Maytag Corporation announced a comprehensive business restructuring that consolidates the Hoover Floor Care, Maytag Appliances, and its corporate headquarters organizations. The appliance maker said the "one-company" transformation will include layoffs, but is designed to achieve market-focused speed of execution, to improve Maytag's competitiveness, and to achieve an 8-percent operating profit margin goal in the first quarter of 2005. The company also lowered its earnings expectations for the second quarter and full year 2004.
"Maytag has made significant progress in product portfolio, brand position, process improvement, and quality trends," Maytag Chairman and CEO Ralph F. Hake said in a statement. "The restructuring announced today will leverage those strengths for improved performance in the highly competitive global marketplace of the major appliance and floor care industries and help us grow operating income."
Mr. Hake said the restructuring is logical since its major appliance and floor care businesses serve many of the same customers. "The restructuring will create enhanced value for our retail customers through one sales force and one marketing organization," he said. "It will eliminate redundancies across the organization in areas including logistics and administrative functions, and will also result in infrastructure cost savings. Maytag will be a much leaner organization, capable of better serving customers and more rapid decision-making."
As a result of the transformation, the Hoover brand will join the existing strategic business units within the marketing organization. The units will be Maytag, Jenn-Air, Amana, and Hoover, as well as a unit that will include Maytag Housewares and Hoover Diversified Products.
Integration of Hoover and Maytag Appliances into the new organization will eliminate about 20 percent of the salaried workforce, reduce Hoover's North Canton facilities to an R & D and manufacturing site, and downsize Maytag Appliances and corporate headquarters.
The restructuring will also include implementation of key operational process improvements and disposition of underutilized assets.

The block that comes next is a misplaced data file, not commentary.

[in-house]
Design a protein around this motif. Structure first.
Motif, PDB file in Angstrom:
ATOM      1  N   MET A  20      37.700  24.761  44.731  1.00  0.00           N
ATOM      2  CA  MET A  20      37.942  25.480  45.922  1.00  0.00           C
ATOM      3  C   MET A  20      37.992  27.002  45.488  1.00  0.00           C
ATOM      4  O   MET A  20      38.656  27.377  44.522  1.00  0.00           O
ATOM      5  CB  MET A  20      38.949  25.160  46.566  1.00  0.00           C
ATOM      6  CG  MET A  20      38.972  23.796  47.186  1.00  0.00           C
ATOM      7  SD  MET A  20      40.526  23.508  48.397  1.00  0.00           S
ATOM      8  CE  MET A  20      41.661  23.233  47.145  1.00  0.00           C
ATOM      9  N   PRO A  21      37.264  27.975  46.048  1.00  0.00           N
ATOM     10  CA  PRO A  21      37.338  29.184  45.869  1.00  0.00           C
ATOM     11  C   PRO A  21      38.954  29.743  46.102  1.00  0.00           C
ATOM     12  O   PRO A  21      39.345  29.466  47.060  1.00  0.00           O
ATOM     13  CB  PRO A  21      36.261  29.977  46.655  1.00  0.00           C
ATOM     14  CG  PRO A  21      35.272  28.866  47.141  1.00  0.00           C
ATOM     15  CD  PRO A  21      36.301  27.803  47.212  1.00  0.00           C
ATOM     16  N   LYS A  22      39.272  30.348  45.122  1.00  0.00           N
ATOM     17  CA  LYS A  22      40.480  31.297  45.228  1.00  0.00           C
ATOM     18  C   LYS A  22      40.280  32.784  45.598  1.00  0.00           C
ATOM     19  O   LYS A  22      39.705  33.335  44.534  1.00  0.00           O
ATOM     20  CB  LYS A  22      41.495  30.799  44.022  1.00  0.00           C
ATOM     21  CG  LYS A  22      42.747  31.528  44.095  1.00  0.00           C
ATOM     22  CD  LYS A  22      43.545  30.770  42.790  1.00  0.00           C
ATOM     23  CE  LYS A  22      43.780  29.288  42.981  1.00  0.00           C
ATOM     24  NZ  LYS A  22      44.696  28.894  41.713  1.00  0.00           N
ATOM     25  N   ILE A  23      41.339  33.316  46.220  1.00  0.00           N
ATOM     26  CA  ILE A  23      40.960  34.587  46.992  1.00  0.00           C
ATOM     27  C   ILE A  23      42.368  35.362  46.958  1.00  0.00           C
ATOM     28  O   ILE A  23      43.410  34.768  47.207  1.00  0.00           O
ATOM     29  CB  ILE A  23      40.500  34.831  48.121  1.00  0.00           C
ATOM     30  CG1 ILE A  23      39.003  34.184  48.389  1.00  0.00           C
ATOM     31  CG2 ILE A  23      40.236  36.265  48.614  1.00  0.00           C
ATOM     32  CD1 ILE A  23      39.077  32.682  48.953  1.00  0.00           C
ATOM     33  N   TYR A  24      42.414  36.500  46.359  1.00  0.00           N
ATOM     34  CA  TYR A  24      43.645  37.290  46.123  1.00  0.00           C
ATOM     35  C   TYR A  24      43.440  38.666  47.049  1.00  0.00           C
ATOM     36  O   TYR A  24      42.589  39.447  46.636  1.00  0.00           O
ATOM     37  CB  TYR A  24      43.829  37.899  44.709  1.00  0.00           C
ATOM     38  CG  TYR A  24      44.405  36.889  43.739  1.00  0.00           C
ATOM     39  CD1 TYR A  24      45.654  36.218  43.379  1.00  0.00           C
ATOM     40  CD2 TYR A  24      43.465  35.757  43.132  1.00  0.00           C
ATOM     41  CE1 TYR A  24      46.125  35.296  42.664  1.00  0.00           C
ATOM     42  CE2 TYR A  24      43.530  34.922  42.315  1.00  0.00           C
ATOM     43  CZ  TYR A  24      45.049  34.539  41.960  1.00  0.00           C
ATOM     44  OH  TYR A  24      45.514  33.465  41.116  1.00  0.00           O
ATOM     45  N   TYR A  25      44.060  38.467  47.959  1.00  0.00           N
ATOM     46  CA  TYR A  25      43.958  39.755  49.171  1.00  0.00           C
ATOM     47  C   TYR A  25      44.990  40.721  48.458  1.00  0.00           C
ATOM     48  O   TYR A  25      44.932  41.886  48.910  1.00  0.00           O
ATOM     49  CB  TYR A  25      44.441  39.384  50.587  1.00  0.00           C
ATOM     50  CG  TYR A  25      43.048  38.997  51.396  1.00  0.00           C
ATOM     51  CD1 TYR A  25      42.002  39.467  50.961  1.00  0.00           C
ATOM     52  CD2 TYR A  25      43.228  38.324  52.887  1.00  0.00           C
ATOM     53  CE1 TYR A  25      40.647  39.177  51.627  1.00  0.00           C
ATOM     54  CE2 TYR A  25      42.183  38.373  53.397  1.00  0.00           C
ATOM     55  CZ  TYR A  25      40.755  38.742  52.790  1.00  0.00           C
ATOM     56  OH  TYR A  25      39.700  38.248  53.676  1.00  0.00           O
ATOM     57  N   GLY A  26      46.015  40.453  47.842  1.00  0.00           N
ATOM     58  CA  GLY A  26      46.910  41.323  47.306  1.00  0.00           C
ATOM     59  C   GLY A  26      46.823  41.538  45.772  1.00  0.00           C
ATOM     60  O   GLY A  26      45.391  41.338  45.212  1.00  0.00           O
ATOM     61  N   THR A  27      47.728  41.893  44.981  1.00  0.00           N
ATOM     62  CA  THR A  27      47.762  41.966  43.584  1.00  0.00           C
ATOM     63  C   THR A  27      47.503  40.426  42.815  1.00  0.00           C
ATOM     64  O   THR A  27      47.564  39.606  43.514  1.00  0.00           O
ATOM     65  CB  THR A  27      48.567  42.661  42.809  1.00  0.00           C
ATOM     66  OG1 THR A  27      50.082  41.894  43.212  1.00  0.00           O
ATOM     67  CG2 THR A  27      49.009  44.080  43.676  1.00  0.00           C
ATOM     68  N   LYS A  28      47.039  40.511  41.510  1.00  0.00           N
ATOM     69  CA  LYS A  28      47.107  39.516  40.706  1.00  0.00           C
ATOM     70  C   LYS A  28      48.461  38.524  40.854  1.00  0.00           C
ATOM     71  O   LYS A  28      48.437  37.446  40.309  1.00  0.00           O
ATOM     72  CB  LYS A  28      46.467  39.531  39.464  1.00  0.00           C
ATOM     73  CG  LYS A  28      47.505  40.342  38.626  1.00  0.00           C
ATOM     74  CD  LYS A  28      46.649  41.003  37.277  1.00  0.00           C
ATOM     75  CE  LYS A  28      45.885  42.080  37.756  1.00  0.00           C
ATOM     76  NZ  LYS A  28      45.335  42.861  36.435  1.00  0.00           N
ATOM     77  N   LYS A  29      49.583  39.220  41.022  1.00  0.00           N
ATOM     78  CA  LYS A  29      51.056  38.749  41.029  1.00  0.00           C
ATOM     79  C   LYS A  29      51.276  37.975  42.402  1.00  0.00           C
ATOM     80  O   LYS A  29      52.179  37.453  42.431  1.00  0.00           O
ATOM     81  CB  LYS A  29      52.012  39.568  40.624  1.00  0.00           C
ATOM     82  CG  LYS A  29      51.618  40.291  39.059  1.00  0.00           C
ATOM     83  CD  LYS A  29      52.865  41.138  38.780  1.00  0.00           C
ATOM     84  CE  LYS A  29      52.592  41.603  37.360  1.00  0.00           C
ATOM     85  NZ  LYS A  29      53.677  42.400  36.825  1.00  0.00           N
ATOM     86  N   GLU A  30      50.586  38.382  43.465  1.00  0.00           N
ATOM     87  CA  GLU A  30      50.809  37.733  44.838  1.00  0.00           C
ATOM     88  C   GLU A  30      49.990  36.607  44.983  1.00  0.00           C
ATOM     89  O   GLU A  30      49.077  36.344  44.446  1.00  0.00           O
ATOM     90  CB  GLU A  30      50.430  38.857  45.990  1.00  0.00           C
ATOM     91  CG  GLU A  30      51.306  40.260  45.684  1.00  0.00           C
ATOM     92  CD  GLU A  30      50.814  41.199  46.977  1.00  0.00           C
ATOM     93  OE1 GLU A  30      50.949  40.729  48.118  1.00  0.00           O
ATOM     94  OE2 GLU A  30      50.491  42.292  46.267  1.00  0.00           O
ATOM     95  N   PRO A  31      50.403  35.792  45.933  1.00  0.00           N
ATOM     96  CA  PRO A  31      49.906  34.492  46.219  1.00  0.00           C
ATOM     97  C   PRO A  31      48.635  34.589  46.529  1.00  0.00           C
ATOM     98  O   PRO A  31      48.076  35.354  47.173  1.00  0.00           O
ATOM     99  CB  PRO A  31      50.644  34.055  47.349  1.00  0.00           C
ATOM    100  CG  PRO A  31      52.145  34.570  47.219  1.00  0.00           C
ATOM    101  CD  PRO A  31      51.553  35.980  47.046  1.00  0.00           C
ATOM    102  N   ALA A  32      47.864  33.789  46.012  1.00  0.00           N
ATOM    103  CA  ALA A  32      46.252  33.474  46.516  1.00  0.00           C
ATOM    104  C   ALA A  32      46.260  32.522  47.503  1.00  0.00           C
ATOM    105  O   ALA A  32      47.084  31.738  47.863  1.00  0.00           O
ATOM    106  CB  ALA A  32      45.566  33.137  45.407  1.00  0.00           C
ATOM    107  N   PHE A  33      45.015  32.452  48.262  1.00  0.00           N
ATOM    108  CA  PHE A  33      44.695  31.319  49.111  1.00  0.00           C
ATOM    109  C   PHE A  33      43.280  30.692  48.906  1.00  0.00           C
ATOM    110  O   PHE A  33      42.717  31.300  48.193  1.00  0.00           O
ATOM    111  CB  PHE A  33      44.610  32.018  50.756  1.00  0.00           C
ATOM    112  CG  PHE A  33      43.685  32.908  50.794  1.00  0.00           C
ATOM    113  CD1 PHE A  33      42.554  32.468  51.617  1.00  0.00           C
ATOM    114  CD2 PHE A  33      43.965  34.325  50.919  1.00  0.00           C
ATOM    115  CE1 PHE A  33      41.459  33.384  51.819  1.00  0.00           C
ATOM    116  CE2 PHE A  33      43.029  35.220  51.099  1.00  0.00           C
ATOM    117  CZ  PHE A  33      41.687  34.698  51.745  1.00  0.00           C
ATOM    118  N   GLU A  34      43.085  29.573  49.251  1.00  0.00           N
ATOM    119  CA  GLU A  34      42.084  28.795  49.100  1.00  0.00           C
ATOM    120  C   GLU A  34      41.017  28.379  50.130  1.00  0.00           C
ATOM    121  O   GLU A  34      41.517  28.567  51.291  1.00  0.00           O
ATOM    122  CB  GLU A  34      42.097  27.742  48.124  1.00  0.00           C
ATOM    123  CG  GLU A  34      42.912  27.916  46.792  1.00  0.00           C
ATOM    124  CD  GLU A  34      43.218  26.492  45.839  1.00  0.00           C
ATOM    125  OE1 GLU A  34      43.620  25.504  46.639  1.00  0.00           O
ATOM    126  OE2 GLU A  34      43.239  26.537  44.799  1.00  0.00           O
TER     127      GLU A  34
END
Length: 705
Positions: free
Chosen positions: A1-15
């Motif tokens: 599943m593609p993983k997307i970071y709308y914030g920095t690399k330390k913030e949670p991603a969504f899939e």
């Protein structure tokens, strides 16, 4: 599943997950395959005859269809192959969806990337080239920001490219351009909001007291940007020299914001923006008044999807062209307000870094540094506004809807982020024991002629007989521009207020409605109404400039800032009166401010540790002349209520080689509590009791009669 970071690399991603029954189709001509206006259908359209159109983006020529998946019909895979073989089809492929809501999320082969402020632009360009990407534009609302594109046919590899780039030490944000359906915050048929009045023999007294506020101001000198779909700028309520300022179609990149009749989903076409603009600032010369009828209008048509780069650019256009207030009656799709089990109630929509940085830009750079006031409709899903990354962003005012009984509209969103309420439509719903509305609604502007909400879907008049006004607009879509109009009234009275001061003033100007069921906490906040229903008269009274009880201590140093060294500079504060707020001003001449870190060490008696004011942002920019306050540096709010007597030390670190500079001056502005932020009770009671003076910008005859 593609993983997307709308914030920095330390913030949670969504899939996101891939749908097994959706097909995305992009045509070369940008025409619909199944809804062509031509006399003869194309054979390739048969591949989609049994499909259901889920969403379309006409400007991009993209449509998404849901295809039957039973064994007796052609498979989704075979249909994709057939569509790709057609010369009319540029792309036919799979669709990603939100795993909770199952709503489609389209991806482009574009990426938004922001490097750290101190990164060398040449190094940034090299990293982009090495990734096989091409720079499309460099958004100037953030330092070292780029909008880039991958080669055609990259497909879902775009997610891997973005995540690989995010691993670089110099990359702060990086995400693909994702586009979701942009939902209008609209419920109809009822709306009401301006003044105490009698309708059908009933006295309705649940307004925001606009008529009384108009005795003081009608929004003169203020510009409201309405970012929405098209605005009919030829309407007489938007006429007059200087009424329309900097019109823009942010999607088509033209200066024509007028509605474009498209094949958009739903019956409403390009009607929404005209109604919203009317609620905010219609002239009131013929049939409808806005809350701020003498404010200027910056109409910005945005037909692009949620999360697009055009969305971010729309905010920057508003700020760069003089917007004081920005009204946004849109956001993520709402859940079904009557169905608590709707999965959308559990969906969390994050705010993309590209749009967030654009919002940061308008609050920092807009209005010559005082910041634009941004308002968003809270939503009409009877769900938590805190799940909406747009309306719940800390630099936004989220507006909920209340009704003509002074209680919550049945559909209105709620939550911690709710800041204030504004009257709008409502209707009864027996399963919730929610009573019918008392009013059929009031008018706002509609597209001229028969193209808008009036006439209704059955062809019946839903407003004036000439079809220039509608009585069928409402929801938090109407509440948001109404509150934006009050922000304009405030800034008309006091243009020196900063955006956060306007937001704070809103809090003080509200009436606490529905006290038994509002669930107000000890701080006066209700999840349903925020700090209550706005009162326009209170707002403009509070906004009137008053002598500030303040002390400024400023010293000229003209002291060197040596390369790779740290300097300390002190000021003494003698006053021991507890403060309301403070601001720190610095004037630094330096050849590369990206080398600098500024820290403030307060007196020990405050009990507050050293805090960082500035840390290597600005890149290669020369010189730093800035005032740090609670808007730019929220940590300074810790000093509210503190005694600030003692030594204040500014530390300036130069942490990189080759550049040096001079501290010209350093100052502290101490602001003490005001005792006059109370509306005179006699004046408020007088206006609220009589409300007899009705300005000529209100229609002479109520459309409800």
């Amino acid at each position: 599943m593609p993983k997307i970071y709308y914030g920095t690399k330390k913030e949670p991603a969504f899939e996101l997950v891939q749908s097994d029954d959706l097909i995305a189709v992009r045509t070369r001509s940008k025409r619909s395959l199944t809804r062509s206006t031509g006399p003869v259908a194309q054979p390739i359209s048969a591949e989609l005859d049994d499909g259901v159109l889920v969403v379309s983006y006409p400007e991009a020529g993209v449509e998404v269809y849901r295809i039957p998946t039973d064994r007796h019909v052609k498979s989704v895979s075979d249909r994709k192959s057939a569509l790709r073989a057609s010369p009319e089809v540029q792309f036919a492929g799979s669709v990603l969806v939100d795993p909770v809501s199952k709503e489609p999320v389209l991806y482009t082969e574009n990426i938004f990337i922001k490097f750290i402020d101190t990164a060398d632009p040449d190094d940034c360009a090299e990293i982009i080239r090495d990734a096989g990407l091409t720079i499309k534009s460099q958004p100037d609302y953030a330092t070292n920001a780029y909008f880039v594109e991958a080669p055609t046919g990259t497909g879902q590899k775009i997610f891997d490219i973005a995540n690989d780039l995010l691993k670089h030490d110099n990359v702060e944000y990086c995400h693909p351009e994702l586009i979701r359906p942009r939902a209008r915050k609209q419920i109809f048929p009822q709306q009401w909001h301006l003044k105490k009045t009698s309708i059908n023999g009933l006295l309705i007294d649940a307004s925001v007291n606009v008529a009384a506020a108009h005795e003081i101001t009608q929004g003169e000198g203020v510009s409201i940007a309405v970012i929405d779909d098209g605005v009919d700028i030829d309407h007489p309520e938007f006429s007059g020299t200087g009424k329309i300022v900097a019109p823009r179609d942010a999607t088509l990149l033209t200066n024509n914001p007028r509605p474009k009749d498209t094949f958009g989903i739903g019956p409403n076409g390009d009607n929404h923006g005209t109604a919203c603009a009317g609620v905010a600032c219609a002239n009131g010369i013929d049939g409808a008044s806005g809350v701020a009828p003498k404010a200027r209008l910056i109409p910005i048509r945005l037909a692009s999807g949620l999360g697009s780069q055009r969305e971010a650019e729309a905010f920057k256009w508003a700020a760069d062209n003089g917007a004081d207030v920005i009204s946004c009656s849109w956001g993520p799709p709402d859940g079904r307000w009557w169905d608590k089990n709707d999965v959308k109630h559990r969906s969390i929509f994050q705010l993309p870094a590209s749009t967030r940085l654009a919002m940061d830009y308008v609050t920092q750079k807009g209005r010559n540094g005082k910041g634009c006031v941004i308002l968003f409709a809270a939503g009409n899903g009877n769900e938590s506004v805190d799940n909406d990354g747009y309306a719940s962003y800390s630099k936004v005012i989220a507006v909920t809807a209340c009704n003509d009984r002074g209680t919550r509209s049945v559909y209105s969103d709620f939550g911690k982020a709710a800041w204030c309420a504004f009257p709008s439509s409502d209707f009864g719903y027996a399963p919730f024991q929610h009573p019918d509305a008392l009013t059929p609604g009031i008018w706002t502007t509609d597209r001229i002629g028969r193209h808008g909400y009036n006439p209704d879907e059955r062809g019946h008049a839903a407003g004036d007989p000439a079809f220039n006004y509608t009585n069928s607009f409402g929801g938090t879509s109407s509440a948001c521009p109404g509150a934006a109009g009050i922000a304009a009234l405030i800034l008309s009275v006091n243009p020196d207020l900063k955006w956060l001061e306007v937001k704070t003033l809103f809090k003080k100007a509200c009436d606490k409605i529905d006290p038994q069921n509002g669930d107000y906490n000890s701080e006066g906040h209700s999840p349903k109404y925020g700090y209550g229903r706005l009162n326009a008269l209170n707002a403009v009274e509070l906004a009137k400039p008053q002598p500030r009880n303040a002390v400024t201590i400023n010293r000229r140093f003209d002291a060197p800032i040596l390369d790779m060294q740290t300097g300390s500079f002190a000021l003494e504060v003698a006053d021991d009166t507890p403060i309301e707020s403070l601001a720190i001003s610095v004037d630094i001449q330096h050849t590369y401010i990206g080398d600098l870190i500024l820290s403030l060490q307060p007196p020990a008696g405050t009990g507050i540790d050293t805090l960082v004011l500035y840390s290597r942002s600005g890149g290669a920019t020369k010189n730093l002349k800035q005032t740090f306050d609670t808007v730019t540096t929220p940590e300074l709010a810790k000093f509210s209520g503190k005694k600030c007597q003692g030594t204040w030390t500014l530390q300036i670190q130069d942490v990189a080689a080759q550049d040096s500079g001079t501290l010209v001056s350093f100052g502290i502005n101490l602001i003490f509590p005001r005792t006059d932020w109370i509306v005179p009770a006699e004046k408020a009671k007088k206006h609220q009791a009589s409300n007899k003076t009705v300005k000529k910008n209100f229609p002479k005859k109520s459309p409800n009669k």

Maytag expects the restructuring to save U.S. $150 million annually and to be completed by year-end 2004. In connection with the restructuring, Maytag anticipates it will incur restructuring charges of $75 million to $100 million, primarily for severance costs and asset write-downs. The cash portion of the charge is expected to be in the range of $45 million to $60 million.
"This restructuring will cause hardship and challenges for many of our employees and their families," Mr. Hake commented. "Maytag Corporation has skilled and talented employees, which makes this decision so difficult. However, in order to succeed and grow, Maytag must rapidly reduce costs and improve market execution."
The appliance maker also announced tht it has lowered its earnings expectations for the full year. "We now expect that earnings will not meet previous expectations for the second quarter and the full-year 2004," Mr. Hake stated. "This is the result of lower than anticipated sales volume at Hoover and Maytag Appliances, coupled with lower factory volume related to balancing inventory levels, as well as higher steel and resin costs. In addition, we expect to incur restructuring charges and asset impairments associated with the comprehensive business restructuring announced today."
Maytag said there are other items that may impact the second quarter, including a legal charge for the unsuccessful appeal of a previously disclosed lawsuit and a gain in discontinued operations from the pending sale of Maytag's joint venture in China.
"Furthermore, while we continue to progress in our labor contract negotiations in Newton (IA, U.S.), the potential impact of the outcome is unclear," Mr. Hake said. "Due to the fluid nature of some of these items regarding amount and timing, we are not providing specific guidance for the second quarter. For the full-year 2004, including the items previously mentioned, we expect reported earnings per share to be in the range of $1.00 to $1.10 assuming continued favorable industry conditions and no further significant increases in steel and resin costs. This 2004 full-year guidance reflects restructuring charges of approximately $1.00 per share for the business restructuring and Galesburg, IL, U.S. plant closure."
Despite the lower earnings expectations and cash required for restructuring, the company says free cash flow remains on track and is expected to be approximately $150 million for the full year 2004. In addition, Maytag has completed $90 million in voluntary pension contributions for the year.
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